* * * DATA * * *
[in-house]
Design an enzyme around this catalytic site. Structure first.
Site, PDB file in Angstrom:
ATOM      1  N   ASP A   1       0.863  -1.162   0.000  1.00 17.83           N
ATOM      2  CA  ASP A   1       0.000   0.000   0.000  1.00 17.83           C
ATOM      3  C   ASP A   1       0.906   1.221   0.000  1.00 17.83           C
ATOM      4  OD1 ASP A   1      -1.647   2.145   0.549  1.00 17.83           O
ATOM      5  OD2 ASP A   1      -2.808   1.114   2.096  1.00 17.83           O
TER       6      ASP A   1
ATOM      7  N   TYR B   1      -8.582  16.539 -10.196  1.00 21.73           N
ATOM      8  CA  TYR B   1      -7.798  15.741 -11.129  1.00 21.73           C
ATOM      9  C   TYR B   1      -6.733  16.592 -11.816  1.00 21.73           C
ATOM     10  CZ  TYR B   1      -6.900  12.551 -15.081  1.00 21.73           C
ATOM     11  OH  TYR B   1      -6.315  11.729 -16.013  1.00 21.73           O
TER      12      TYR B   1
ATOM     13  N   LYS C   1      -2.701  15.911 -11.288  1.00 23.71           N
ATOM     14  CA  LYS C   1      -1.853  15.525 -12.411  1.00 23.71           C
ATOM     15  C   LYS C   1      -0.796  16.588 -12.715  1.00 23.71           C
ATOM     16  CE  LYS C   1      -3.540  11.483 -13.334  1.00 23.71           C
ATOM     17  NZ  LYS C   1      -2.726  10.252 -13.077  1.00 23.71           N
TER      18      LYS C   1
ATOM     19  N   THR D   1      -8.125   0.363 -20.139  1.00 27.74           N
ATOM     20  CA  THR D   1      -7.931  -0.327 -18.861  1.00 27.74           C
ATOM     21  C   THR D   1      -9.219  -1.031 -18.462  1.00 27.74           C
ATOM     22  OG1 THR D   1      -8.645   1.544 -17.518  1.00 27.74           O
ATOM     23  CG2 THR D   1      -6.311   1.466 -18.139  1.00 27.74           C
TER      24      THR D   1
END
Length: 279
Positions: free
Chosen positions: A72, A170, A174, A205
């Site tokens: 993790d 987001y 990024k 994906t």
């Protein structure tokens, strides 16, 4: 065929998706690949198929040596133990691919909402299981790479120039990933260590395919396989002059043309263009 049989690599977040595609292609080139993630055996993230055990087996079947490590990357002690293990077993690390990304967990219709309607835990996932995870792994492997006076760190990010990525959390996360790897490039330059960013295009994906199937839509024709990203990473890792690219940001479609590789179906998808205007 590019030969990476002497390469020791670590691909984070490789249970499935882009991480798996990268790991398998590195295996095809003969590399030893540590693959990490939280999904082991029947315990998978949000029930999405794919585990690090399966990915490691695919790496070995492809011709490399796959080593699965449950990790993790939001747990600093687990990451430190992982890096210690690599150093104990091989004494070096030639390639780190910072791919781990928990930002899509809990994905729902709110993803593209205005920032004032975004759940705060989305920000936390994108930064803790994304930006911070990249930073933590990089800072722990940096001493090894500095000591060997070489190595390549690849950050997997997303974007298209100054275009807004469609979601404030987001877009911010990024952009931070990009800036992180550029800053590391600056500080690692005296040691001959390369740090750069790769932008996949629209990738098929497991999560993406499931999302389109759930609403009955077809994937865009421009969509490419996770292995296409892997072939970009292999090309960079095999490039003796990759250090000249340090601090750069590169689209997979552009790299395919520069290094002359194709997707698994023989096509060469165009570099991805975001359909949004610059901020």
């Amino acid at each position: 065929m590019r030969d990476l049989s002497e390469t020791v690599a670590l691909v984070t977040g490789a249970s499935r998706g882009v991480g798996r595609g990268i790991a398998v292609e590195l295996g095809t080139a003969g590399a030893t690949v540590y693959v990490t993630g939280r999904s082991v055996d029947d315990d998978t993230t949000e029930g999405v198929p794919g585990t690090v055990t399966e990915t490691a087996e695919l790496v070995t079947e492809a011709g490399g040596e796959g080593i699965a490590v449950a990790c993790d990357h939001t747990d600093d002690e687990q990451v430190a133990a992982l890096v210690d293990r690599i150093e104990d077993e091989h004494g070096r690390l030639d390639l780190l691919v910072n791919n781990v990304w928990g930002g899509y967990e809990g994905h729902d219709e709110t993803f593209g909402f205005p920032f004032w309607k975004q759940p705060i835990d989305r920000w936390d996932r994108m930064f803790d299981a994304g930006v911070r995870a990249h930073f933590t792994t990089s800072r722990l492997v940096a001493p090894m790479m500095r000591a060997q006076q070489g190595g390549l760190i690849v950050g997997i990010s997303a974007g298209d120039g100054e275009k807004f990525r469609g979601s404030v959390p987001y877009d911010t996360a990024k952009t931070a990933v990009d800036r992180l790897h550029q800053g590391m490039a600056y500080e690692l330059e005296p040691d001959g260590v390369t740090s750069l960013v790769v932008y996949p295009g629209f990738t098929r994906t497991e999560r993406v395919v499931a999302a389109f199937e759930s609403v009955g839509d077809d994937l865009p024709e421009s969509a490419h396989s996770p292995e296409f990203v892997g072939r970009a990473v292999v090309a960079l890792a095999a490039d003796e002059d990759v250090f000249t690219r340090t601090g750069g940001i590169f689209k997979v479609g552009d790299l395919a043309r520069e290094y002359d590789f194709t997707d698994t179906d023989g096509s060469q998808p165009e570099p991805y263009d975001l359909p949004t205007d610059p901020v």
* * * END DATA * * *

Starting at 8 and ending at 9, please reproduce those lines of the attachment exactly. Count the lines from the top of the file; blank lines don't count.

ATOM      5  OD2 ASP A   1      -2.808   1.114   2.096  1.00 17.83           O
TER       6      ASP A   1